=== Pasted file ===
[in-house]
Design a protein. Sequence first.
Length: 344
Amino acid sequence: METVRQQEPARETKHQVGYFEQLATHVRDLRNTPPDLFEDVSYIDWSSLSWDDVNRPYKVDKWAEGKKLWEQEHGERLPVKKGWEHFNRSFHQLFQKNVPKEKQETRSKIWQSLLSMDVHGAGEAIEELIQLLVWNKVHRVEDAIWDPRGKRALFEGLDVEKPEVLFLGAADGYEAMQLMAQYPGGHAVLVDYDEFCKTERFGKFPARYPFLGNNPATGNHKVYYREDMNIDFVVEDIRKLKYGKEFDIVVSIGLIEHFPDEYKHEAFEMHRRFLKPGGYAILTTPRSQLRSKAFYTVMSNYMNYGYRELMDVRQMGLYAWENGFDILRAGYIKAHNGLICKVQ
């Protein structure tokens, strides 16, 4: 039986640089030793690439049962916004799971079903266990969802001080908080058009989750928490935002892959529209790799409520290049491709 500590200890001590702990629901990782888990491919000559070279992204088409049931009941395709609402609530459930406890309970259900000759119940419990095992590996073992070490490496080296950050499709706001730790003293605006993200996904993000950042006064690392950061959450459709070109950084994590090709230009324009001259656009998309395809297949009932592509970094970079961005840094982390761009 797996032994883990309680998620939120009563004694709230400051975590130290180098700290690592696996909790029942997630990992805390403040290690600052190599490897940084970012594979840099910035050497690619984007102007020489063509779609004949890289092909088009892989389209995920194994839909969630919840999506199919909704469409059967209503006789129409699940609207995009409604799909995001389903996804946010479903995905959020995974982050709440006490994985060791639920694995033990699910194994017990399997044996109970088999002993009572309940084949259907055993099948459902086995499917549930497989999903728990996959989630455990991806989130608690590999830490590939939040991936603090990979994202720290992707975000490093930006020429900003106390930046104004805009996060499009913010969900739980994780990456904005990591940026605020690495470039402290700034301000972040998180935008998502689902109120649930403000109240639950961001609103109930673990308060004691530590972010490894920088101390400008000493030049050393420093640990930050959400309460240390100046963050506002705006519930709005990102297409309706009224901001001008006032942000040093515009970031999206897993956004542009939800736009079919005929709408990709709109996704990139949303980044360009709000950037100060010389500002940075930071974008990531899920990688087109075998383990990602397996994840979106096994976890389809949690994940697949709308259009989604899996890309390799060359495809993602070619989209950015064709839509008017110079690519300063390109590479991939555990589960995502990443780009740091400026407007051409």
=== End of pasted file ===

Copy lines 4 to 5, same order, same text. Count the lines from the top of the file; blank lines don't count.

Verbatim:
Amino acid sequence: METVRQQEPARETKHQVGYFEQLATHVRDLRNTPPDLFEDVSYIDWSSLSWDDVNRPYKVDKWAEGKKLWEQEHGERLPVKKGWEHFNRSFHQLFQKNVPKEKQETRSKIWQSLLSMDVHGAGEAIEELIQLLVWNKVHRVEDAIWDPRGKRALFEGLDVEKPEVLFLGAADGYEAMQLMAQYPGGHAVLVDYDEFCKTERFGKFPARYPFLGNNPATGNHKVYYREDMNIDFVVEDIRKLKYGKEFDIVVSIGLIEHFPDEYKHEAFEMHRRFLKPGGYAILTTPRSQLRSKAFYTVMSNYMNYGYRELMDVRQMGLYAWENGFDILRAGYIKAHNGLICKVQ
């Protein structure tokens, strides 16, 4: 039986640089030793690439049962916004799971079903266990969802001080908080058009989750928490935002892959529209790799409520290049491709 500590200890001590702990629901990782888990491919000559070279992204088409049931009941395709609402609530459930406890309970259900000759119940419990095992590996073992070490490496080296950050499709706001730790003293605006993200996904993000950042006064690392950061959450459709070109950084994590090709230009324009001259656009998309395809297949009932592509970094970079961005840094982390761009 797996032994883990309680998620939120009563004694709230400051975590130290180098700290690592696996909790029942997630990992805390403040290690600052190599490897940084970012594979840099910035050497690619984007102007020489063509779609004949890289092909088009892989389209995920194994839909969630919840999506199919909704469409059967209503006789129409699940609207995009409604799909995001389903996804946010479903995905959020995974982050709440006490994985060791639920694995033990699910194994017990399997044996109970088999002993009572309940084949259907055993099948459902086995499917549930497989999903728990996959989630455990991806989130608690590999830490590939939040991936603090990979994202720290992707975000490093930006020429900003106390930046104004805009996060499009913010969900739980994780990456904005990591940026605020690495470039402290700034301000972040998180935008998502689902109120649930403000109240639950961001609103109930673990308060004691530590972010490894920088101390400008000493030049050393420093640990930050959400309460240390100046963050506002705006519930709005990102297409309706009224901001001008006032942000040093515009970031999206897993956004542009939800736009079919005929709408990709709109996704990139949303980044360009709000950037100060010389500002940075930071974008990531899920990688087109075998383990990602397996994840979106096994976890389809949690994940697949709308259009989604899996890309390799060359495809993602070619989209950015064709839509008017110079690519300063390109590479991939555990589960995502990443780009740091400026407007051409």